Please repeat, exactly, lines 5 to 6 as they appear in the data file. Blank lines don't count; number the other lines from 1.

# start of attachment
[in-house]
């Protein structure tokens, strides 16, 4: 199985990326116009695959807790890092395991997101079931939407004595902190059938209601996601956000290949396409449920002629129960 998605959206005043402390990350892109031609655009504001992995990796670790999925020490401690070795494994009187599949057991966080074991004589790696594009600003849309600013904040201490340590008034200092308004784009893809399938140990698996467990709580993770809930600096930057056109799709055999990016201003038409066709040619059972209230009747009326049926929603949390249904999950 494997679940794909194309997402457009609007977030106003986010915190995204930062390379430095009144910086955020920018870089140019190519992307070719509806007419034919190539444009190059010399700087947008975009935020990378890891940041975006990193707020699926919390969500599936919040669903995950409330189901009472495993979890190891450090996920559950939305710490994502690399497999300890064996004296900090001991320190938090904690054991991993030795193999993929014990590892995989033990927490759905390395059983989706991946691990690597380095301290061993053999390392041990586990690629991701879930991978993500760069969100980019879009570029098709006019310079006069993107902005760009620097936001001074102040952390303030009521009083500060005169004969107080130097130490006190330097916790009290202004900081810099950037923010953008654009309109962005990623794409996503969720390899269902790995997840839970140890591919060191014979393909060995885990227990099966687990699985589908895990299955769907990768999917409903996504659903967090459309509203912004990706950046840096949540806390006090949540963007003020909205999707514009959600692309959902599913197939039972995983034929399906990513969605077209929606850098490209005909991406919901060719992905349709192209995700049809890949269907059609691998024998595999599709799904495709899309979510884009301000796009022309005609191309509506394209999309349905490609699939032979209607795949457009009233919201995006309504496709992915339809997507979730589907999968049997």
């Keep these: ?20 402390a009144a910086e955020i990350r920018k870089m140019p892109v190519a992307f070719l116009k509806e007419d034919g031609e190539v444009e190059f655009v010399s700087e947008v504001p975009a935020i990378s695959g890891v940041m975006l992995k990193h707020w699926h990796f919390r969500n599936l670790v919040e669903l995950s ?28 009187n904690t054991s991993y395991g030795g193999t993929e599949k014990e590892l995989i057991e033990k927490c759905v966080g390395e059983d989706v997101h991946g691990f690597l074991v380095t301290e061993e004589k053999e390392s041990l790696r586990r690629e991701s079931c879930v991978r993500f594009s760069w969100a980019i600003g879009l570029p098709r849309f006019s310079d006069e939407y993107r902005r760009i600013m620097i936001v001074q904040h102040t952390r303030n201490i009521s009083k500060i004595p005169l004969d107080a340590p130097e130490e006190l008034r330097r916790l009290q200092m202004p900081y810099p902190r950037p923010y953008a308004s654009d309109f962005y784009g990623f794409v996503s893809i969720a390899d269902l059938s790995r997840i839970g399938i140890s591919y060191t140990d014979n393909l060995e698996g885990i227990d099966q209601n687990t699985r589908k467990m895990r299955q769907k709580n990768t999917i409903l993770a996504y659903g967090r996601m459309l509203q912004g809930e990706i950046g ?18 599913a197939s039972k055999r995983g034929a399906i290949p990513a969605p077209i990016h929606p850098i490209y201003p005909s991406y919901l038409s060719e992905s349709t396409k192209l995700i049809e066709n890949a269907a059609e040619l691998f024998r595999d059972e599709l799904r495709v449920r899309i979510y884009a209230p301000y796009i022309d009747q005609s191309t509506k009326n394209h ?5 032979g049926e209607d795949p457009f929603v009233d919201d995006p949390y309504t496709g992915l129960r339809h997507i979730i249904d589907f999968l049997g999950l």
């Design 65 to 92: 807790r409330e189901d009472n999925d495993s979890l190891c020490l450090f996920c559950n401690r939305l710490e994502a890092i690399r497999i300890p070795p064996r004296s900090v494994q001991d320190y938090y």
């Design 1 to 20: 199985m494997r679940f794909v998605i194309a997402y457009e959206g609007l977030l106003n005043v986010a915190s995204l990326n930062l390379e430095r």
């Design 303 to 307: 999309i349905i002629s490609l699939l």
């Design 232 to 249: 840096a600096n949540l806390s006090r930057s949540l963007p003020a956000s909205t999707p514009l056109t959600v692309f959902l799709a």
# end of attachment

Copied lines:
């Design 1 to 20: 199985m494997r679940f794909v998605i194309a997402y457009e959206g609007l977030l106003n005043v986010a915190s995204l990326n930062l390379e430095r």
């Design 303 to 307: 999309i349905i002629s490609l699939l």